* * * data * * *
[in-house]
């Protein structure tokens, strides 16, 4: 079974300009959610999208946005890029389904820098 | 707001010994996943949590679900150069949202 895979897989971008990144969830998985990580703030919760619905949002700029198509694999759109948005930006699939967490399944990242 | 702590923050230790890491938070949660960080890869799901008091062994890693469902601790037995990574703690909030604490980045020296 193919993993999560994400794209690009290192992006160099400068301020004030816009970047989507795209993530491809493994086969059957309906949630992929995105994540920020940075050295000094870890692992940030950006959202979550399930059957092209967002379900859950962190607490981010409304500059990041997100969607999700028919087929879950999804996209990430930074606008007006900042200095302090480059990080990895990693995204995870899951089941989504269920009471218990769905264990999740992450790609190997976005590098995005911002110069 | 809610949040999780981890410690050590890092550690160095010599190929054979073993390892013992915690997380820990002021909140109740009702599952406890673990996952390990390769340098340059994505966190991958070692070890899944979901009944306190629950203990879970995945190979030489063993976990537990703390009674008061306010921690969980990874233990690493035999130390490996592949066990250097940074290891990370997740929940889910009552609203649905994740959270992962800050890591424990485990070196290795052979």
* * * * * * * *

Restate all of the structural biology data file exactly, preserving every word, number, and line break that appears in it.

[in-house]
């Protein structure tokens, strides 16, 4: 079974300009959610999208946005890029389904820098 | 707001010994996943949590679900150069949202 895979897989971008990144969830998985990580703030919760619905949002700029198509694999759109948005930006699939967490399944990242 | 702590923050230790890491938070949660960080890869799901008091062994890693469902601790037995990574703690909030604490980045020296 193919993993999560994400794209690009290192992006160099400068301020004030816009970047989507795209993530491809493994086969059957309906949630992929995105994540920020940075050295000094870890692992940030950006959202979550399930059957092209967002379900859950962190607490981010409304500059990041997100969607999700028919087929879950999804996209990430930074606008007006900042200095302090480059990080990895990693995204995870899951089941989504269920009471218990769905264990999740992450790609190997976005590098995005911002110069 | 809610949040999780981890410690050590890092550690160095010599190929054979073993390892013992915690997380820990002021909140109740009702599952406890673990996952390990390769340098340059994505966190991958070692070890899944979901009944306190629950203990879970995945190979030489063993976990537990703390009674008061306010921690969980990874233990690493035999130390490996592949066990250097940074290891990370997740929940889910009552609203649905994740959270992962800050890591424990485990070196290795052979």